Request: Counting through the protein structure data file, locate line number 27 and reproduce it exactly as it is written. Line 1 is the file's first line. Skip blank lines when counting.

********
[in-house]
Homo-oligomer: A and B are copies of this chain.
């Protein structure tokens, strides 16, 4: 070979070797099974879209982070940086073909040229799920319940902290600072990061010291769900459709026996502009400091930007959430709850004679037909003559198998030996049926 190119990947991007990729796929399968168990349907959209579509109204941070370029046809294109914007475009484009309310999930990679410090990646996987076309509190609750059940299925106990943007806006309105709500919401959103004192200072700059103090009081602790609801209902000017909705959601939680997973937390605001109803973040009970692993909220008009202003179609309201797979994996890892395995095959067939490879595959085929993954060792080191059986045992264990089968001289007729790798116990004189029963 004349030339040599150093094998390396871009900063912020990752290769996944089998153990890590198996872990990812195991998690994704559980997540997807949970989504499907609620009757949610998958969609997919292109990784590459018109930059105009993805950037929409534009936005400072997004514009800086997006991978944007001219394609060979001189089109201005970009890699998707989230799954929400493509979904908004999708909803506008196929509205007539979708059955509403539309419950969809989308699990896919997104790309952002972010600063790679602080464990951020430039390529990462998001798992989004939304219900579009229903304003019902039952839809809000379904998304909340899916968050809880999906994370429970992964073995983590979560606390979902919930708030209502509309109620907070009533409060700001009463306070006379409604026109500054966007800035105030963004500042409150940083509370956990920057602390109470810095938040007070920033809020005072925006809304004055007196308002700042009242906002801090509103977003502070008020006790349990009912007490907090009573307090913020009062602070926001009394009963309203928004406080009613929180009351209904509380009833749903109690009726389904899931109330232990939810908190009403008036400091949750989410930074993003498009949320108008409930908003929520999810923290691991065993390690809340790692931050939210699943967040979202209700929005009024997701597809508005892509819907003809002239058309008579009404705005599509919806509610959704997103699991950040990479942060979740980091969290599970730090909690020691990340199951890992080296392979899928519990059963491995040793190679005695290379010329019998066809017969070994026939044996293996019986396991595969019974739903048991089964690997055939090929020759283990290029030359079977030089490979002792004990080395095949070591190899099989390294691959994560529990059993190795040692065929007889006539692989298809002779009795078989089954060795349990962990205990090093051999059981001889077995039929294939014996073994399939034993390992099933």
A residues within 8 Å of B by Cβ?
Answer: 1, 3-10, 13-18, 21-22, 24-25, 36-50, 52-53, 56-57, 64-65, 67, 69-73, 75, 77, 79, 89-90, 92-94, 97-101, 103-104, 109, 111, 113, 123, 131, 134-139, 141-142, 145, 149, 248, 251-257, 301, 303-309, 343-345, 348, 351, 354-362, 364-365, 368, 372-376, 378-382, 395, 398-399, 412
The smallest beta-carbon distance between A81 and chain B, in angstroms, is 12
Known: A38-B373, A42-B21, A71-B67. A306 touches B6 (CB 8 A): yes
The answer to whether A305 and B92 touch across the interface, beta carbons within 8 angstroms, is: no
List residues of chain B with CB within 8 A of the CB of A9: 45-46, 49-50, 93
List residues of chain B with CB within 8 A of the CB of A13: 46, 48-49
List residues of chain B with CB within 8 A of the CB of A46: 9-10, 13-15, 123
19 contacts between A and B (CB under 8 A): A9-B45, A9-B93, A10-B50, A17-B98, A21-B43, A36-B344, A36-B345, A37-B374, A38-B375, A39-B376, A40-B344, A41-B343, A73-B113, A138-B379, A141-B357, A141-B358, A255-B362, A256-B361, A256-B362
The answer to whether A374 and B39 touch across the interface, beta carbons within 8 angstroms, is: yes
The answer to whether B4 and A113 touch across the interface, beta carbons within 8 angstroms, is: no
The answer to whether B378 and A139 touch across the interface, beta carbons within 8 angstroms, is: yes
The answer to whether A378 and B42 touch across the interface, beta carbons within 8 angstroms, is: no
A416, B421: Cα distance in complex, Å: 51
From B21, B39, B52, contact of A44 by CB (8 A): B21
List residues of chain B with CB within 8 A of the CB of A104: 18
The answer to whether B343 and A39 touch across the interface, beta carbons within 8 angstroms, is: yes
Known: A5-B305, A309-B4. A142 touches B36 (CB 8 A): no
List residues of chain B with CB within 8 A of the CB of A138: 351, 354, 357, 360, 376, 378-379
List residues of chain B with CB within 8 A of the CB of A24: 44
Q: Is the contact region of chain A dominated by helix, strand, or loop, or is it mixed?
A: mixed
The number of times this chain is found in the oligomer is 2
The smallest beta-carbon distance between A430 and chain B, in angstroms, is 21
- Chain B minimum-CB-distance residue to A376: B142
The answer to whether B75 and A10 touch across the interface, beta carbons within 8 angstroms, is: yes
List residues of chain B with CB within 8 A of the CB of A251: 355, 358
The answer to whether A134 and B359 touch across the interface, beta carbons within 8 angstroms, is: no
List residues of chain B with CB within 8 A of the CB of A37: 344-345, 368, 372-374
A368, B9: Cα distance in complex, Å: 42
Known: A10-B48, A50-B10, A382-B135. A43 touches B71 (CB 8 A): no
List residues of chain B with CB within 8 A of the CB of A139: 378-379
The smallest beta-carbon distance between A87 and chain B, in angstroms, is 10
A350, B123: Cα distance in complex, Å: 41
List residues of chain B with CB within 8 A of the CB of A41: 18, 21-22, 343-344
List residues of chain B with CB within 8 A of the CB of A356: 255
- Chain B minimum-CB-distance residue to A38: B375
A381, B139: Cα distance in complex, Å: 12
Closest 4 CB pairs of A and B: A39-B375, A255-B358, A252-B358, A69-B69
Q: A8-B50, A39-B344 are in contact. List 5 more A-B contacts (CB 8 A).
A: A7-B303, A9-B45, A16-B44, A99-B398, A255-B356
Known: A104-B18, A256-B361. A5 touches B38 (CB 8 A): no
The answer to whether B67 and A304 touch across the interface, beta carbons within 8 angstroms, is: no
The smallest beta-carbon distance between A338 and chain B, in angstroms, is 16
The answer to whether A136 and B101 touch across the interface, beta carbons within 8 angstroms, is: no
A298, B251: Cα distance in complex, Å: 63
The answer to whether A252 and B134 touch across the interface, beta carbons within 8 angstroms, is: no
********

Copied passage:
The smallest beta-carbon distance between A430 and chain B, in angstroms, is 21